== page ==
E.), "Arab" referred to any of the largely nomadic and settled Semitic people from the Arabian Peninsula, Syrian Desert, and North and Lower Mesopotamia.
Today, "Arab" refers to a large number of people whose native regions form the Arab world due to the spread of Arabs and the Arabic language throughout the region during the early Muslim conquests of the 7th and 8th centuries and the subsequent Arabisation of indigenous populations.
Today, Arabs primarily inhabit the 22 Arab states within the Arab League: Algeria, Bahrain, Comoros, Djibouti, Egypt, Iraq, Jordan, Kuwait, Lebanon, Libya, Mauritania, Morocco, Oman, Palestine, Qatar, Saudi Arabia, Somalia, Sudan, Syria, Tunisia, United Arab Emirates, and Yemen.
Additionally, from the beginning of the first millennium BCE, Southern Arabia was the home to a number of kingdoms, such as the Sabaean kingdom (Arabic: The first written attestation of the ethnonym Arab occurs in an Assyrian inscription of 853 BCE, where Shalmaneser III lists a King Gindibu of mâtu arbâi (Arab land) as among the people he defeated at the Battle of Qarqar.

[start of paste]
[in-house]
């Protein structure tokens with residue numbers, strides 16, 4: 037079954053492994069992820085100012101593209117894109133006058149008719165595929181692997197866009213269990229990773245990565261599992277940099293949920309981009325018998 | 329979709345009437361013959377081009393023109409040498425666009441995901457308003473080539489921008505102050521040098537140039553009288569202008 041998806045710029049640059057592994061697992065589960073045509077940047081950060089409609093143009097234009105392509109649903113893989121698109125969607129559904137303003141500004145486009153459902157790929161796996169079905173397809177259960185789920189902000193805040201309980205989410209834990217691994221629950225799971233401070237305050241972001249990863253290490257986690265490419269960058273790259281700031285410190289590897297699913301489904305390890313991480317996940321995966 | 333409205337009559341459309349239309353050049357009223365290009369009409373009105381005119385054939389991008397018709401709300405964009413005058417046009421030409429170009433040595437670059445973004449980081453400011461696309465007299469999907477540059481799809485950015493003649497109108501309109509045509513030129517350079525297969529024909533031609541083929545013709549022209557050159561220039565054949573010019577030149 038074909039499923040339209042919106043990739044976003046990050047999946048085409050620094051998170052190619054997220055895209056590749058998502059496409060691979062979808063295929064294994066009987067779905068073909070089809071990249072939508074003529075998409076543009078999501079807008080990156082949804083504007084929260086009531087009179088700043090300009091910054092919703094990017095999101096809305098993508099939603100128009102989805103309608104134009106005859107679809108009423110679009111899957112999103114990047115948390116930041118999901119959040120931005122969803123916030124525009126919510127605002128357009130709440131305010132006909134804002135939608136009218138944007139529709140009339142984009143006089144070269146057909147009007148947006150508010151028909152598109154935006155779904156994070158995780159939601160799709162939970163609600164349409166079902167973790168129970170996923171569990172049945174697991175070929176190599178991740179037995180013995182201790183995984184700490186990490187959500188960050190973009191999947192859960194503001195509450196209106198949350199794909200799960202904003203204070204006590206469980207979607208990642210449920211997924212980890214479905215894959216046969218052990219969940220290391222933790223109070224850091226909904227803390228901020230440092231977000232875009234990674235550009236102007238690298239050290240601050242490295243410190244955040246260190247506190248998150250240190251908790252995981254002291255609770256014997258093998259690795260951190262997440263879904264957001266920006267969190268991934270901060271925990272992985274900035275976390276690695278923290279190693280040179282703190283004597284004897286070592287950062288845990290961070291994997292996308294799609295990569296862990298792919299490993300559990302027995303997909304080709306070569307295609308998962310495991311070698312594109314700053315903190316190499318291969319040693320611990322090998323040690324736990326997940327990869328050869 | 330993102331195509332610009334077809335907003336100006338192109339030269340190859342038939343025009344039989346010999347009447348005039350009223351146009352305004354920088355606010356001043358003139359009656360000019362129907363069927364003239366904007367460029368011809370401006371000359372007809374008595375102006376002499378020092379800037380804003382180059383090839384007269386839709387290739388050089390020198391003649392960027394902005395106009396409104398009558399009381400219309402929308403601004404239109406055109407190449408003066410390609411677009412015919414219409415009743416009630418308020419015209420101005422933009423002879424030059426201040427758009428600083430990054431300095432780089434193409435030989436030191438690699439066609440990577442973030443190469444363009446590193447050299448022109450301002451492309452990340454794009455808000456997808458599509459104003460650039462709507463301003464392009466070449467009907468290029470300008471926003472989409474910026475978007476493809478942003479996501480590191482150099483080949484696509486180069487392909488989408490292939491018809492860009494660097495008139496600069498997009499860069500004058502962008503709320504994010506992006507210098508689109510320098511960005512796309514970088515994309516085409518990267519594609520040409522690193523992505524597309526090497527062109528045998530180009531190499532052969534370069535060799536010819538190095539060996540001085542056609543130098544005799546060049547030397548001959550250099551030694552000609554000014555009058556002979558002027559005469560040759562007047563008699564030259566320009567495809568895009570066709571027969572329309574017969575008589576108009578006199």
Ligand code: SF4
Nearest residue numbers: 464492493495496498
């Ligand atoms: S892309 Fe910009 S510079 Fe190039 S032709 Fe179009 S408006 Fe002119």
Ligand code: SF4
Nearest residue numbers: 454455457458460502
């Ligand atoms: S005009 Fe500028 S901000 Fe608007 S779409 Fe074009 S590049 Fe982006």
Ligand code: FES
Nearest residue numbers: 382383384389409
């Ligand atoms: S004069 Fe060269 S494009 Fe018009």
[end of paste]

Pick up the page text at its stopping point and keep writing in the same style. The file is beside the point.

Some of the names given in these texts are Aramaic, while others are the first attestations of Ancient North Arabian dialects.
The root ʿ-r-b has several additional meanings in Semitic languages—including "west/sunset," "desert," "mingle," "mixed," "merchant," and "raven"—and are "comprehensible" with all of these having varying degrees of relevance to the emergence of the name.
It is also possible that some forms were metathetical from ʿ-B-R "moving around" (Arabic ʿ-B-R "traverse"), and hence, it is alleged, "nomadic." Pre-Islamic Arabia refers to the Arabian Peninsula prior to the rise of Islam in the 630s.
Sources for these civilizations are not extensive, and are limited to archaeological evidence, accounts written outside of Arabia, and Arab oral traditions later recorded by Islamic scholars.
Among the most prominent civilizations was Dilmun, which arose around the 4th millennium BCE and lasted to 538 BCE, and Thamud, which arose around the 1st millennium BCE and lasted to about 300 CE.
Beyond the boundaries of the League of Arab States, Arabs can also be found in the global diaspora.
Arabs are a diverse group in terms of religious affiliations and practices.
The term ʾaʿrāb is driven from the term Arab according to Sabaean grammar.
The term is also mentioned in Quranic verses referring to people who were living in Madina and it might be a south Arabian loan-word into Quranic language.
Old Arabic diverges from Central Semitic by the beginning of the 1st millennium BCE.